As seen over on SF’s very own Billboard Liberation Front‘s blog, the Anti-Advertising Agency and out-of-control prankster Packard Jennings have completed their campaign to bring you the very latest in totally unmarketable messages to make you consume absolutely nothing. Refreshing and delicious! That’s right, it’s their Oakland Bus Stop Bench Project, where “The Agency created a survey to poll residents in the neighborhoods surrounding 10 Oakland bus stops regarding what advertising tactics they found most bothersome in their neighborhoods. Jennings then developed targeted illustrations for each neighborhood and the team installed the work.” Making me proud to be in the Bay Area, for the ten zillionth time. If anyone gets pics of these, please send them in and I’ll post ‘em…
Today, while out sailing on the bay (ok, riding on a sailboat as I cannot sail myself), I came across some kite surfers. I have never seen this sport before, so I was facinated. These guys are strapped into what looks like a cross between a surf board and a snowboard, and then hold onto a parachute-looking kite. And they book it! They were sailing as fast as us on our boat, with the added excitement of occasionally flying up into the air and flipping around. They seemed to notice that we were sailing next to them to check them out and take pictures, because they came up right by the boat and did some tricks for the camera and the cheering audience.
(more pics after the jump)
As anyone who cares probably already knows — 20 minutes after it happened — Barry Bonds hit home run no. 715 today. But for listeners to the Giants radio broadcast, this was, for a few moments, merely a matter of speculation.
Bonds came up in the bottom of the 4th inning following a leadoff walk to Steve Finley. Byung-Hyun Kim threw a fastball on a 2-2 count, and broadcaster Dave Flemming started shouting:
“Swing and a drive, deep to –”
My glorious weekend plans fell apart due to SF flakiness – has anyone posted about that? – ( it was: WineCamp, but I lack the independent fortitude to go solo) and so I had to scramble to get a life. Luckily a friend of mine asked me to join her in tasting the new menu at her friend’s restaurant, Cav. Long bit about my dining experience after the jump.
Most weekdays on my walk to work, I usually end up cutting through Yerba Buena Gardens sometime between 8:30 – 9:00. (Thank God I can arrive there ‘fashionably late’. [ahem]) Although the design of the place does feel a little ‘brand new’/architecturally stagey, it’s a welcome oasis of green amid the commercial bustle of SOMA. The part I look forward to most is having to squeeze past the group of elderly members of the Asian community practicing traditional Tai Chi work outs, like the sword and fan forms. With my headphones on supplying my personal soundtrack, it’s a serene way to begin the workday (especially when it’s a fan day).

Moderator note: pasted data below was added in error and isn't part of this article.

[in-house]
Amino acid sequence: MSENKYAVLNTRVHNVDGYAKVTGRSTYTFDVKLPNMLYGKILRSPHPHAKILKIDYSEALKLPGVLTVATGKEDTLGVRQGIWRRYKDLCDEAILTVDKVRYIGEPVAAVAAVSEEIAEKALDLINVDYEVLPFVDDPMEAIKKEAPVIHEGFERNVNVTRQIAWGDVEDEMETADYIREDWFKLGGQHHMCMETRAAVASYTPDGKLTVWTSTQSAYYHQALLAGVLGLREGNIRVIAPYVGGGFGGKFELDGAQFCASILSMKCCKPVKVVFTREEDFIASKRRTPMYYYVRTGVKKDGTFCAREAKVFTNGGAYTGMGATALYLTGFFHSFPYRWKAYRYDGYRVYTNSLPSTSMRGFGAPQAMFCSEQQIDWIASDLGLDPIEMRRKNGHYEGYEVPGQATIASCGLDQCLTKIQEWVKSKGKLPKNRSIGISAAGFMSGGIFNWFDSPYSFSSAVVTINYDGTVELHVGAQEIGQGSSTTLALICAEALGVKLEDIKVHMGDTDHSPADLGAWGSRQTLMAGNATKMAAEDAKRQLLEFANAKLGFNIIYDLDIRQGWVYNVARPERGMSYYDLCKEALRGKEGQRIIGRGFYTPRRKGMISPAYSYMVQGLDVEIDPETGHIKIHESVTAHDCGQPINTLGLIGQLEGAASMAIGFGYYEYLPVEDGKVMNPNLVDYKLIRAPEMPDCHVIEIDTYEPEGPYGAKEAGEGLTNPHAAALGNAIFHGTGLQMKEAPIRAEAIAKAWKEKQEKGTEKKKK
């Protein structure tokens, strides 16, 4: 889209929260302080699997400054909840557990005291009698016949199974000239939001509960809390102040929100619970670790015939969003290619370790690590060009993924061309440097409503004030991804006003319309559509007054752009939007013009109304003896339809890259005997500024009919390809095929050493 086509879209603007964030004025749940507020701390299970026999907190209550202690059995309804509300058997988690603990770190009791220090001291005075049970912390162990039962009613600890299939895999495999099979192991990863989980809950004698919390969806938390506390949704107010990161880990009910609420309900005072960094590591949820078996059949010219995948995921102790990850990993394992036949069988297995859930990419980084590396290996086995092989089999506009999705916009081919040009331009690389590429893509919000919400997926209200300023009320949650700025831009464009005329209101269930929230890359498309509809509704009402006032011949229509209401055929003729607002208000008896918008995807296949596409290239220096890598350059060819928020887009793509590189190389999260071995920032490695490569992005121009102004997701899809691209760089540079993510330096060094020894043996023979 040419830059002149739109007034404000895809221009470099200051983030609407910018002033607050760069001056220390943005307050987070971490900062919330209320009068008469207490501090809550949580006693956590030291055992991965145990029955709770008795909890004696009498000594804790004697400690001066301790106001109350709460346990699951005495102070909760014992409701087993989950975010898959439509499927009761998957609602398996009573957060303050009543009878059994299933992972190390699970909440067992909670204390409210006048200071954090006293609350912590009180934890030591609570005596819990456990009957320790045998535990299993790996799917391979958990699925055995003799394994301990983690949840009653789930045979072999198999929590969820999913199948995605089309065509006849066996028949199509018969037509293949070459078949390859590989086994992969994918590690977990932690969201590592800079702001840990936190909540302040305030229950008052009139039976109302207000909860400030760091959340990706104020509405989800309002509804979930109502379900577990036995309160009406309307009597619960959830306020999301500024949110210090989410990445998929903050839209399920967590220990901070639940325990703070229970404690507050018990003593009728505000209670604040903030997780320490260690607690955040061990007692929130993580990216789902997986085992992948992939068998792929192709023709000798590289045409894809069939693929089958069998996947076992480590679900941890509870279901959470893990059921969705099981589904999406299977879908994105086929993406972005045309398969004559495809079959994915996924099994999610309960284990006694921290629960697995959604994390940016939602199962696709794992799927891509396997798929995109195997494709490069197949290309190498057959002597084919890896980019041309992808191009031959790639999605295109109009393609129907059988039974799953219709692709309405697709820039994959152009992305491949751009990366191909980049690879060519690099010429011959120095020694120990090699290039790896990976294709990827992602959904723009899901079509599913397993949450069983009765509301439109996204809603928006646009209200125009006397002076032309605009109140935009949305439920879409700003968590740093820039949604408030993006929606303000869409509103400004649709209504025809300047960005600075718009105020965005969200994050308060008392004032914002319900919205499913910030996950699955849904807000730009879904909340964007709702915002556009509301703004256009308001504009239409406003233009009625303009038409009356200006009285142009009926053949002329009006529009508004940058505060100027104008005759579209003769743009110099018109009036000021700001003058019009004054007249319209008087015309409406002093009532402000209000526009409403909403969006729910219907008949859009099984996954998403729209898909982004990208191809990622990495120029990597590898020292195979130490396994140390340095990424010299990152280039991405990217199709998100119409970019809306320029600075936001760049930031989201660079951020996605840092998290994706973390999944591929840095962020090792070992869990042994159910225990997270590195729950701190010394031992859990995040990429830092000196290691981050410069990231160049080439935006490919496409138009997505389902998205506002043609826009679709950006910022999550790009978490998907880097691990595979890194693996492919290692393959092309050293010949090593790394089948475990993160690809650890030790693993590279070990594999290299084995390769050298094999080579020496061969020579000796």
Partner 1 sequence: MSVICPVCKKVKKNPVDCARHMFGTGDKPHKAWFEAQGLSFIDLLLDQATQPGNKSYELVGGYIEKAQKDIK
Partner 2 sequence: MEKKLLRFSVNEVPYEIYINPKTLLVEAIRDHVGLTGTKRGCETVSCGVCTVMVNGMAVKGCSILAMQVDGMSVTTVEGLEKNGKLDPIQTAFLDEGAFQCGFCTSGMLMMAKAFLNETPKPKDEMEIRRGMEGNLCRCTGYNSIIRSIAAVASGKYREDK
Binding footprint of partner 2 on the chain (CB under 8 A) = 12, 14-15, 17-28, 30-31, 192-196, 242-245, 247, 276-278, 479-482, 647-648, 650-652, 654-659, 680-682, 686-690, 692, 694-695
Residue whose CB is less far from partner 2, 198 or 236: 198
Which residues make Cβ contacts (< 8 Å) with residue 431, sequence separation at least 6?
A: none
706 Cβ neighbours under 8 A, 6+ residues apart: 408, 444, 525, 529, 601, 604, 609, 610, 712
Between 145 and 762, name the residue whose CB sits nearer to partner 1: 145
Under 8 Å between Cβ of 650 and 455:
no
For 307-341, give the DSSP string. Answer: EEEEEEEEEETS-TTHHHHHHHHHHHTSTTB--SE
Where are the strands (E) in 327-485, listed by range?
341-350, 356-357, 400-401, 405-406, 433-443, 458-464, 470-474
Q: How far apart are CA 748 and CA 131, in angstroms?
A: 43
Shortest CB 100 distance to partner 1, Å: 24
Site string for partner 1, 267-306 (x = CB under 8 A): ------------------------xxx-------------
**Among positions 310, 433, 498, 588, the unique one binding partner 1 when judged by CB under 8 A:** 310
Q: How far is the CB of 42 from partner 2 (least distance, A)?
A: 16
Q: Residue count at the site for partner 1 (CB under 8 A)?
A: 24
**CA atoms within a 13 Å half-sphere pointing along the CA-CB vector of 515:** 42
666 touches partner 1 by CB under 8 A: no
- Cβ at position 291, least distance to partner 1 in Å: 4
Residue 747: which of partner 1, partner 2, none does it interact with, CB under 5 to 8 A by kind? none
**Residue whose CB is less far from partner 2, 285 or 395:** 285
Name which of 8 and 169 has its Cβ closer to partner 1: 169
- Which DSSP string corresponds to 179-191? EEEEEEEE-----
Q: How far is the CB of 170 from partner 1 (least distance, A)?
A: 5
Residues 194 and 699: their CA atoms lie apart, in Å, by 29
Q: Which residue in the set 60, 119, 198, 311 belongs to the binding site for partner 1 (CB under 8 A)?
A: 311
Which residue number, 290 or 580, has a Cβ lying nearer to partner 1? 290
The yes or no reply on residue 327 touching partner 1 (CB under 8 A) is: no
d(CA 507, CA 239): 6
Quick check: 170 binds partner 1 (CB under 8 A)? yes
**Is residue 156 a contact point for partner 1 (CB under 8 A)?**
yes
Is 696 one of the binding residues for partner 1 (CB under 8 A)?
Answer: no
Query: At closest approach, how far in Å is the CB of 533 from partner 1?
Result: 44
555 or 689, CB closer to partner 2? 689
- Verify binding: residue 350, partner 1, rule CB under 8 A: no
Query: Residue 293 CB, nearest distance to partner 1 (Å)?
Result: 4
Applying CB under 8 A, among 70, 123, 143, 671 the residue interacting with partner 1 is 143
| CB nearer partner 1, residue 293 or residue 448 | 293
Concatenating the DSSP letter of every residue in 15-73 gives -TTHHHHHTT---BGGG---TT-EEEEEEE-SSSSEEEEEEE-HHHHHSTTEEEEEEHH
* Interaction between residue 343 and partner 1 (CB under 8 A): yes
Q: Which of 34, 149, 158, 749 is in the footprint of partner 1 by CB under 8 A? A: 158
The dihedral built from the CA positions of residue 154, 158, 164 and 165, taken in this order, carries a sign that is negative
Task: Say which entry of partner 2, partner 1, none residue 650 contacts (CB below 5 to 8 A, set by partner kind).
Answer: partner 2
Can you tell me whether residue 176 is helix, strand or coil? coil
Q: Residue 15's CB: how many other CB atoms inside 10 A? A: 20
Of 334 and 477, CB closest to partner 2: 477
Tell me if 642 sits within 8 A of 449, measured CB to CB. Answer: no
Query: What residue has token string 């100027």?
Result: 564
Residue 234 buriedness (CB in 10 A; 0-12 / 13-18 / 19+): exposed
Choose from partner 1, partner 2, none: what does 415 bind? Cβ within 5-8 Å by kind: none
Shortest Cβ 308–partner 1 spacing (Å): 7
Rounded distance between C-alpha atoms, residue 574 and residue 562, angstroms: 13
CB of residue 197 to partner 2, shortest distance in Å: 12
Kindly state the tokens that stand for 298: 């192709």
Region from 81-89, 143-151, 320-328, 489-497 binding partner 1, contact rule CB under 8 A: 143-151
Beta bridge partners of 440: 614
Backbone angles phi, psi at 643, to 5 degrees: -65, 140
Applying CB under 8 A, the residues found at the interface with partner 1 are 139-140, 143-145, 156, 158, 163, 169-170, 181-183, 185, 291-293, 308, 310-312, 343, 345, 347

When I was driving home Saturday evening, I thought that the sunlight hitting the church was so pretty that I leaned out of my car to take a quick picture while the light was red.
Curious about the church, I poked around online and found that it is named Sacred Heart. But the more I read, the more interesting the story got.
The church was built in 1898. It survived the 1906 earthquake, and so it provided food and shelter to the homeless. Then it had some minor damage in the 1989 earthquake. Because the congregation had grown so small over the years, the Catholic church decided not to retrofit the building. They closed the parish and planned on selling it to housing developers. For a while, it looked like the church might be demolished. Then last year, the owner of Chalk Hill winery bought the church. The church is now part of Sacred Heart’s school, renamed Megan Furth Academy.
And here I thought it was just another church.
Except in this case, the opera isn’t just in the opera house, but also just outside City Hall. The San Francisco Opera opened their summer season tonight with Madama Butterfly, and they had a live video simulcast of the proceedings on Civic Center Plaza. More pictures and impressions after the jump.
The Rite Spot looks from the outside like a complete dive — which is to say, very promising. The neon sign has ruled the corner of 17th and Folsom since the neighborhood was light industrial and railroad tracks ran just half a block away.
First plus: except for the ODC Performance Gallery half a block away at Shotwell, the neighborhood is deserted at night, which means plenty of parking. No endless circling or betting on not getting ticketed for parking in the middle of Valencia St. — there aren’t even any apartments at 17th and Folsom. Which means there’s plenty of space for you.
Inside you’ll find that increasingly rare thing: a quiet bar.
A lot of mushroom activity going on here, folks. First of all, the Mushroom Mardi Gras in Morgan Hill is in full swing this weekend. I haven’t been–I only saw the sign for it as I was driving to Gilroy for outlet shopping–so if you go, please report back!
Also, I was just at Far West Fungi in the Ferry Building today, and wow, they have amazing mushrooms! Right now is Morel season, so they have lots of fresh Morels, plus all sorts of other fungi. They even have live mushrooms growing out of mysterious whitish logs.
A little kid there was obviously grossed out by all of the mushrooms, so the guy at the counter tried to offer him a chocolate mushroom instead. But the kid just would not be convinced that it was just chocolate wrapped in the shape of a mushroom, so finally his mom took the chocolate and ate it.